Now that the Congressional Budget Office has released its analysis of the House healthcare bill, the Senate is reportedly starting from scratch on its own version. Here’s a suggestion from one health insurance CEO for where they should begin: Reject the idea that health insurers could, under any circumstances, charge more for individuals with pre-existing medical conditions.

Our nation is already struggling with enough division — economic, racial, geographic, and political. It would be both tragic and unnecessary to create a new divide between those who are seriously ill and those who are healthy. Rather than trying to fix the pre-existing condition provisions in the House bill, the Senate should take them off the table, permanently.

Anyone who tried to buy individual health insurance before the Affordable Care Act (ACA) remembers the problem. In most states, if you had a pre-existing condition, you could either be denied coverage or forced to wait for months or years before treatment for the condition was covered. You could also be charged a much higher premium.

So, for many people with serious medical conditions, the anxiety of illness was compounded by financial insecurity. Some were forced to sacrifice family savings or run up large debts; others went without needed care. 

Since 2010, the ACA has guaranteed that individuals with pre-existing conditions are eligible for the same coverage as everyone else, at the same cost. My state, Massachusetts, is one of seven that had pre-existing condition protections in place even before the ACA became law. It’s arguably one of the ACA’s most popular provisions, and it has maintained broad, bipartisan support. Unfortunately, a last-minute addition to the House-passed American Health Care Act (AHCA) reopens the issue by giving states the option of once again allowing insurers to charge higher premiums for individuals with pre-existing medical conditions. The CBO found that, in states choosing this option, “less healthy people would face extremely high premiums.” The Senate should settle the matter by rejecting this provision as unnecessary and divisive.

Rather than allowing pre-existing medical conditions to again divide us, let’s acknowledge that illness is actually a great equalizer. From birth to death, no one is immune from the risks of disabling injury or chronic illness. It may befall you, your spouse, your parent, or your child.

If it’s not your family, it’s your coworker, your friend, or your neighbor. That’s one of the reasons individuals and families so easily bond with people facing similar medical challenges, regardless of their political beliefs or economic background, and it’s why tens of millions of people join together to donate and raise money for efforts to find cures and support treatment. We’re all in it together.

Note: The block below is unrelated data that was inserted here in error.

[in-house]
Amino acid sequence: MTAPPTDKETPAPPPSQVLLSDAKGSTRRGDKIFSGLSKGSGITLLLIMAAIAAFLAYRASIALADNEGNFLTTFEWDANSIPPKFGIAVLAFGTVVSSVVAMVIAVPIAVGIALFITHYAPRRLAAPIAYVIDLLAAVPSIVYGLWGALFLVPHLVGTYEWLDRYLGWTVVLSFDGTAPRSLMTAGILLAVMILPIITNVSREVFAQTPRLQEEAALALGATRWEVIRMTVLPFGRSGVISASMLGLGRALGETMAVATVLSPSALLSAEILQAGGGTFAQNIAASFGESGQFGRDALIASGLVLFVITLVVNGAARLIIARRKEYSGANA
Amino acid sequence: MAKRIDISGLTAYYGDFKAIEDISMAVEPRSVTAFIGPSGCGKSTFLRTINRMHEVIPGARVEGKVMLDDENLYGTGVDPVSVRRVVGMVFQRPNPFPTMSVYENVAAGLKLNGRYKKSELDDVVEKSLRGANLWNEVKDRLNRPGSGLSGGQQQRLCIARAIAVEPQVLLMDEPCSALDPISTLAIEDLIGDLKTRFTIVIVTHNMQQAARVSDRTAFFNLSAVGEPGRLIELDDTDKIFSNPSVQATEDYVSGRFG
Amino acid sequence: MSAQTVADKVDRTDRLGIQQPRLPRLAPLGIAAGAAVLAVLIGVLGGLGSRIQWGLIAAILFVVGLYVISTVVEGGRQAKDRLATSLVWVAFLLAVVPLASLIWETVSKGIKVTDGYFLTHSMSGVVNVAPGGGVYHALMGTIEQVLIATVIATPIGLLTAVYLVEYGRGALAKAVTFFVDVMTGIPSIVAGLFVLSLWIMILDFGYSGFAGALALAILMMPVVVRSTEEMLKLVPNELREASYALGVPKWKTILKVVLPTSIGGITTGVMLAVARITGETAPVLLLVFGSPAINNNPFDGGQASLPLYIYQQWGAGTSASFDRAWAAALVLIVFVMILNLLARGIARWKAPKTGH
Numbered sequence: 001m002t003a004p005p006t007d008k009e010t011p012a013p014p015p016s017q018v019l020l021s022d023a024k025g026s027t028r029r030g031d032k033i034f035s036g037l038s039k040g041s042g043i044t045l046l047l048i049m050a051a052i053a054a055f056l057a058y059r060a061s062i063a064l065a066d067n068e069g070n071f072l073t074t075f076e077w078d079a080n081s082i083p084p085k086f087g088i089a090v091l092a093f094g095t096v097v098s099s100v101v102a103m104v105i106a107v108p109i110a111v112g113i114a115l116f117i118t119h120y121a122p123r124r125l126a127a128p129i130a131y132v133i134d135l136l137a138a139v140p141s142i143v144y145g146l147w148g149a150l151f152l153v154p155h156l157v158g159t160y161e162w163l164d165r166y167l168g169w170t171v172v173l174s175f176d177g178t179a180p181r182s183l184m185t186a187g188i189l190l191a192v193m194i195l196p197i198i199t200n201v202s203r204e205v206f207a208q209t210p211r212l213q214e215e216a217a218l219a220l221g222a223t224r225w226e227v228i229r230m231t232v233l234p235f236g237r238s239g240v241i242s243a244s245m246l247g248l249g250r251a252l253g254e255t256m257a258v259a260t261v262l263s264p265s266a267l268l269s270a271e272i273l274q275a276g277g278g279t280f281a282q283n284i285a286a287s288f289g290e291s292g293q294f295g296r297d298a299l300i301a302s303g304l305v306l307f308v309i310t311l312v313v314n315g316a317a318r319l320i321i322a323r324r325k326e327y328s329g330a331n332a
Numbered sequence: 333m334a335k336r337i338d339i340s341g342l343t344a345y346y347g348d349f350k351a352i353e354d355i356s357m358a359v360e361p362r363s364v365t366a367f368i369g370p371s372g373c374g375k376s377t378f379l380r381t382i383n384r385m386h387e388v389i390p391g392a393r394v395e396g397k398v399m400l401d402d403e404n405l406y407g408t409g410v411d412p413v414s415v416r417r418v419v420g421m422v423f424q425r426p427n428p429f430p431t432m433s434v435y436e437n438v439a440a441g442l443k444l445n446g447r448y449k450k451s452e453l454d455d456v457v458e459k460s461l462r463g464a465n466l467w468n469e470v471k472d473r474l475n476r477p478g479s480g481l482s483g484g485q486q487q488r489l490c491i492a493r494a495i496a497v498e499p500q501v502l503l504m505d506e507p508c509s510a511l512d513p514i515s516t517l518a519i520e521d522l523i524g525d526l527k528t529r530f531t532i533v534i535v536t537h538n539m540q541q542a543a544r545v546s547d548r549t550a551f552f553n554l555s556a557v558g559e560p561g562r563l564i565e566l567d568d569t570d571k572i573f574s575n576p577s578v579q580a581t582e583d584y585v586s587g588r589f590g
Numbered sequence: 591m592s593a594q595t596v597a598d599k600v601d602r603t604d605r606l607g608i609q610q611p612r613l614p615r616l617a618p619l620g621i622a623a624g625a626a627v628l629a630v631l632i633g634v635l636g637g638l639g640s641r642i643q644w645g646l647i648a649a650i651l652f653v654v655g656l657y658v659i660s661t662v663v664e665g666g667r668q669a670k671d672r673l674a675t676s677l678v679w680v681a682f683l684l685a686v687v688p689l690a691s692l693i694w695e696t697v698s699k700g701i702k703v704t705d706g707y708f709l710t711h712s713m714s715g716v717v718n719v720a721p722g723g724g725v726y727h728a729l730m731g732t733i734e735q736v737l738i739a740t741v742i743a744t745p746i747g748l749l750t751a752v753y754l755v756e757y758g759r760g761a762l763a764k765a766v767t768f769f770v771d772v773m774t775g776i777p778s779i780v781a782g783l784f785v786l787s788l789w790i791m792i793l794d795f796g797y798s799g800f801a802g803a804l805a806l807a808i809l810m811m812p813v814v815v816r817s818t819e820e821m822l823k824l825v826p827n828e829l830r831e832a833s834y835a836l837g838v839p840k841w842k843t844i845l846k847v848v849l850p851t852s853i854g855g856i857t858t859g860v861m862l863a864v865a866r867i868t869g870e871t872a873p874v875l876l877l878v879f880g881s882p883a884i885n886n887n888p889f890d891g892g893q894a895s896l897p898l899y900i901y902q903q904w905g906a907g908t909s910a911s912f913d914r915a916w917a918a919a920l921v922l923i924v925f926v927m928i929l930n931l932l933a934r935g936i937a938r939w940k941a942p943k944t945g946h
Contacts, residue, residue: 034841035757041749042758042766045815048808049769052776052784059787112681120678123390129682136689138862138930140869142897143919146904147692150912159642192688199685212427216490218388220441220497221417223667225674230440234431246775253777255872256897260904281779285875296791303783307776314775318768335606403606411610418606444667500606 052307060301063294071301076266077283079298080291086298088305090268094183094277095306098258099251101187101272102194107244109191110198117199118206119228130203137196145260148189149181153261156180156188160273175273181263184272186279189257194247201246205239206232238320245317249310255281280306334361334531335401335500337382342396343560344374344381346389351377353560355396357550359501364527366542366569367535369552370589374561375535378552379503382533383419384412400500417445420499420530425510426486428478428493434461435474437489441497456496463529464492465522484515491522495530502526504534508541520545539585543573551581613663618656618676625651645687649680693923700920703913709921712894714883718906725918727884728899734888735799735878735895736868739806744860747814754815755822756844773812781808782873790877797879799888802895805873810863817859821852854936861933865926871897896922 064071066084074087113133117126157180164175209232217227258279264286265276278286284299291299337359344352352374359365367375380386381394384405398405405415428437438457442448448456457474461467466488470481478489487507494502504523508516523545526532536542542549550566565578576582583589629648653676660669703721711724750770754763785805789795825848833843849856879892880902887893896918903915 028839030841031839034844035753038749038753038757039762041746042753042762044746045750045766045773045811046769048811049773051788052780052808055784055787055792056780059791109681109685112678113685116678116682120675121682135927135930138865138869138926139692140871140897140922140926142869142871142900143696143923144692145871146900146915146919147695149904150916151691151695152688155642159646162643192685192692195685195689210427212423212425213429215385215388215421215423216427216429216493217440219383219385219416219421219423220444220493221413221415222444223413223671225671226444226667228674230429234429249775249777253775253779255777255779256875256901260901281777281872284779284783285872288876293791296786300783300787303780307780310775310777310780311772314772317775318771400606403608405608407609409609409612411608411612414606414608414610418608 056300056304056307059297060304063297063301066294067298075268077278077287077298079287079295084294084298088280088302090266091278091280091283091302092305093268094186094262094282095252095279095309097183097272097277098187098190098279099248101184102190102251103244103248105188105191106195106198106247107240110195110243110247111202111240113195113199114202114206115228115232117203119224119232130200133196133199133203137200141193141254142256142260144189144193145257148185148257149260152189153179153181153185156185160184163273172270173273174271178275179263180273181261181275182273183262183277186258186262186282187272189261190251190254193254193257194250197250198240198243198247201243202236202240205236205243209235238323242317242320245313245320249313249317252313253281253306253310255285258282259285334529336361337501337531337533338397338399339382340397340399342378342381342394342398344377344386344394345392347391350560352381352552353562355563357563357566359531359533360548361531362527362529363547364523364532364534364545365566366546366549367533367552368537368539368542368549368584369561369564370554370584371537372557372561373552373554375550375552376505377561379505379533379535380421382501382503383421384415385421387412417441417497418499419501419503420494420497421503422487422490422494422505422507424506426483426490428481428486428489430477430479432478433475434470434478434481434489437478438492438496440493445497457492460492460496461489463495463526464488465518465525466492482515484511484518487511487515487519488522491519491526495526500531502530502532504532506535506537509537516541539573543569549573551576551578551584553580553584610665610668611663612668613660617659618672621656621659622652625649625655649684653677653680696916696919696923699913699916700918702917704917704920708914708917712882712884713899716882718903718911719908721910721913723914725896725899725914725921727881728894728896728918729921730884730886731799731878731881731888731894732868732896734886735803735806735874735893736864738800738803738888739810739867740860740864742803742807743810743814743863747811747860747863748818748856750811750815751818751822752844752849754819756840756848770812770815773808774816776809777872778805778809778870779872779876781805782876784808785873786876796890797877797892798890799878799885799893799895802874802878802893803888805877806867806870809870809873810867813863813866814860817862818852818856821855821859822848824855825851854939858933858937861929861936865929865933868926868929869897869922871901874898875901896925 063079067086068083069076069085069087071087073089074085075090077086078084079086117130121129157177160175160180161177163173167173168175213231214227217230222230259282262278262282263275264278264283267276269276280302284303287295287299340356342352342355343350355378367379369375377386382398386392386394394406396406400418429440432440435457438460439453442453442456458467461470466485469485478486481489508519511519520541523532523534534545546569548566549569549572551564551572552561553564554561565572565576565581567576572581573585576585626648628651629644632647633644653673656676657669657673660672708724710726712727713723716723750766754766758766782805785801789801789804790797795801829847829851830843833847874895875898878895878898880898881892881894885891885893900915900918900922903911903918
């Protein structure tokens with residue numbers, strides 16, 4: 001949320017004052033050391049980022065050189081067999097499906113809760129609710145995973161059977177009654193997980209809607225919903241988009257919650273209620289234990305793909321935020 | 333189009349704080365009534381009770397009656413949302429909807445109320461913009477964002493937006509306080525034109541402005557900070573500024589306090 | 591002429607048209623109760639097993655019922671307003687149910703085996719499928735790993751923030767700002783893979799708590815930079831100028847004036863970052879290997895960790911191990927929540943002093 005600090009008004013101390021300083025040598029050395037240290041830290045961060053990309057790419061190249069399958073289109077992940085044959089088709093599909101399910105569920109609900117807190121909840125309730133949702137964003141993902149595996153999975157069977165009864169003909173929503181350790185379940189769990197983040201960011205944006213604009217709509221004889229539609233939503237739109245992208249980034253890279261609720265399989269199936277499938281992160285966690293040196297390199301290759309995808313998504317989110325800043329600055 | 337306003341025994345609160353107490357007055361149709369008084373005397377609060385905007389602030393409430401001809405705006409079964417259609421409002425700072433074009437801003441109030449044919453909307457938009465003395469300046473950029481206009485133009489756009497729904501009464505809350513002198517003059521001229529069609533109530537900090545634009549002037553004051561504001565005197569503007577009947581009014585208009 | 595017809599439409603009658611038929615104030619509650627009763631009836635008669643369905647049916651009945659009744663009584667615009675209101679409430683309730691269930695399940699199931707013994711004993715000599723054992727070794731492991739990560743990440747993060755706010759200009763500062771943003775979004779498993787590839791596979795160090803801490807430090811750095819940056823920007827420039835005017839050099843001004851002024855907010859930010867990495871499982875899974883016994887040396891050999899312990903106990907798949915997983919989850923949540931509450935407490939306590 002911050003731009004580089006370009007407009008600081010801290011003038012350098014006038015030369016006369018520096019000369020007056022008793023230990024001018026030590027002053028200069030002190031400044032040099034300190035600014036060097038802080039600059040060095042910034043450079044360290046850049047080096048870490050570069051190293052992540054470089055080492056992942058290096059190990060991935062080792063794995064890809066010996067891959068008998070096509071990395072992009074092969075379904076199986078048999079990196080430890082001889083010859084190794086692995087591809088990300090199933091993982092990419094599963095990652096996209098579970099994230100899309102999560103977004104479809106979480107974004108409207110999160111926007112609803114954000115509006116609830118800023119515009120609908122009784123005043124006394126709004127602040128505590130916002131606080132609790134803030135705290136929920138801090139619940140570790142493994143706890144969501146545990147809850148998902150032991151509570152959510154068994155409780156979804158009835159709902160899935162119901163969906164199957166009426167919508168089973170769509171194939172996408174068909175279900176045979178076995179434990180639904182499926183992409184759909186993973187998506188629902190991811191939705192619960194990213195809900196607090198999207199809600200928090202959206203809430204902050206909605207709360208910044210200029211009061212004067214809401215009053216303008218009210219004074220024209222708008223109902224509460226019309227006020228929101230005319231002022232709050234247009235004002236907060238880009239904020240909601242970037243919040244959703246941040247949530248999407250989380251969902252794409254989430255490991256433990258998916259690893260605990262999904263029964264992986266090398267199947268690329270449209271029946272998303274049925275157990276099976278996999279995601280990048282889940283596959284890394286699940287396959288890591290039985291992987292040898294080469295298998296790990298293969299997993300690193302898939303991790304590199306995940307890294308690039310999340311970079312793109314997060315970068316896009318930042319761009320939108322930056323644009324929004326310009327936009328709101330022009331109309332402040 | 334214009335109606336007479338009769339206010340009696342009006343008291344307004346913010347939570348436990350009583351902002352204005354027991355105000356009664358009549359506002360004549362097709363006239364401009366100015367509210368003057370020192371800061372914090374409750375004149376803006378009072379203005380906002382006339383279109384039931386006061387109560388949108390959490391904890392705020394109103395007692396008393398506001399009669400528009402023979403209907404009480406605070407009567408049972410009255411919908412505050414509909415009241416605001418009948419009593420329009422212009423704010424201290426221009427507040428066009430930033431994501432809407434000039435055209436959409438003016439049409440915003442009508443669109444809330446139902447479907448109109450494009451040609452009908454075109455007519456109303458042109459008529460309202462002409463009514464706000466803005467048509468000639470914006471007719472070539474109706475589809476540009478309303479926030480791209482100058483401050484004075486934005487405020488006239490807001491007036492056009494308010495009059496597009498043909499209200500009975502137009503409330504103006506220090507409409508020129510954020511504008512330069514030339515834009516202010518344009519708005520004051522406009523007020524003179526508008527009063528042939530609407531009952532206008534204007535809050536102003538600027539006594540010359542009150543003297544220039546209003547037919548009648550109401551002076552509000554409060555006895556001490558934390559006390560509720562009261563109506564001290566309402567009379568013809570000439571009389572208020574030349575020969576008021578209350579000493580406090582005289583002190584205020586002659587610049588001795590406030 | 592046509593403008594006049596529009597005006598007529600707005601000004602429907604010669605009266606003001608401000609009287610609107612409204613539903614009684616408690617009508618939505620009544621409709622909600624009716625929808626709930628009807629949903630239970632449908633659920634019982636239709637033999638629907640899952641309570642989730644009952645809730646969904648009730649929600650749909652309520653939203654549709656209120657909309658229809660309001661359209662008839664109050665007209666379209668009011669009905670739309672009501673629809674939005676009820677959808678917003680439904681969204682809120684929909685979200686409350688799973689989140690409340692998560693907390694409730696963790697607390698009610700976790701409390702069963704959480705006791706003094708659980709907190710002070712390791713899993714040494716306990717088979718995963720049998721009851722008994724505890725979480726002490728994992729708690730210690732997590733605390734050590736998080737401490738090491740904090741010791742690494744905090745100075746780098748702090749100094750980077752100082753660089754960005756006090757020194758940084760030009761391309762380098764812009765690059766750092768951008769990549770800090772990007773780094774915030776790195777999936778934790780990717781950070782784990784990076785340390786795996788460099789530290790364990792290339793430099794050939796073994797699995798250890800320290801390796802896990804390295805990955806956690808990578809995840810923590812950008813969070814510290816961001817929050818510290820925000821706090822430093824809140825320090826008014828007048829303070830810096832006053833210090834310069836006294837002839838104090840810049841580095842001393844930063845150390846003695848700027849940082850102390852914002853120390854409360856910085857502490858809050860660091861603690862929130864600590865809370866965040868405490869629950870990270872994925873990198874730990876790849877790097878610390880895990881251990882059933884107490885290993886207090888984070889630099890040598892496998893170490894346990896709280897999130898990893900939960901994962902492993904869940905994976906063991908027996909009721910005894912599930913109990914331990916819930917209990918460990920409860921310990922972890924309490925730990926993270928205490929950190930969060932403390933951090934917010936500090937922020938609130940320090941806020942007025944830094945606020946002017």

A return to charging higher premiums for people with pre-existing conditions would also reinforce the mistaken notion that serious illness stems largely from personal choice. Most illness and disability is due not to choice but to bad luck and bad circumstances — the accidents of birth and life, including genes, economic and social factors, workplace conditions, and exposure to infection and toxins. 

Even if those illnesses where personal choice can matter, chance still plays a big role. Some people manage to avoid serious illness and live long lives despite unhealthy habits and poor choices, while others who lead much healthier lifestyles may not be nearly as fortunate. 

A fair, stable health insurance system requires an adequate number of both sick and healthy people who contribute to the pool of funds available to pay medical claims. That’s not the case in some of the state marketplaces where individuals can buy coverage — too few healthy, lower-cost people have enrolled to balance the higher costs of their sicker population.

So it’s perfectly legitimate for Congress to consider better ways to encourage healthy individuals to buy and maintain insurance and there are a variety of available mechanisms to achieve this goal. What Congress must not and need not do, however, is return us to the days when insurers could increase premiums for individuals with pre-existing conditions. We should take this option out of the policy conversation and out of our healthcare system for good. 

There are other substantial problems with the House bill in addition to the pre-existing conditions provision, including deep cuts to Medicaid funding, the uncoupling of individual health insurance tax credits from personal income and regional medical costs, and a change in how much more older people could be charged for coverage.

The net effect of these provisions would be to make health insurance unaffordable for many of the older and poorer Americans who are currently insured under the ACA. Bipartisan solutions to these problems should be within reach and may emerge in the Senate. But before we tackle these problems, we should agree that, whether we are healthy or sick, we are all created equal, and our health insurance system should reflect this American principle.  

Andrew Dreyfus is President and Chief Executive Officer for Blue Cross Blue Shield of Massachusetts, one of the largest independent, not-for-profit Blue Cross Blue Shield plans in the country.


The views expressed by contributors are their own and are not the views of The Hill.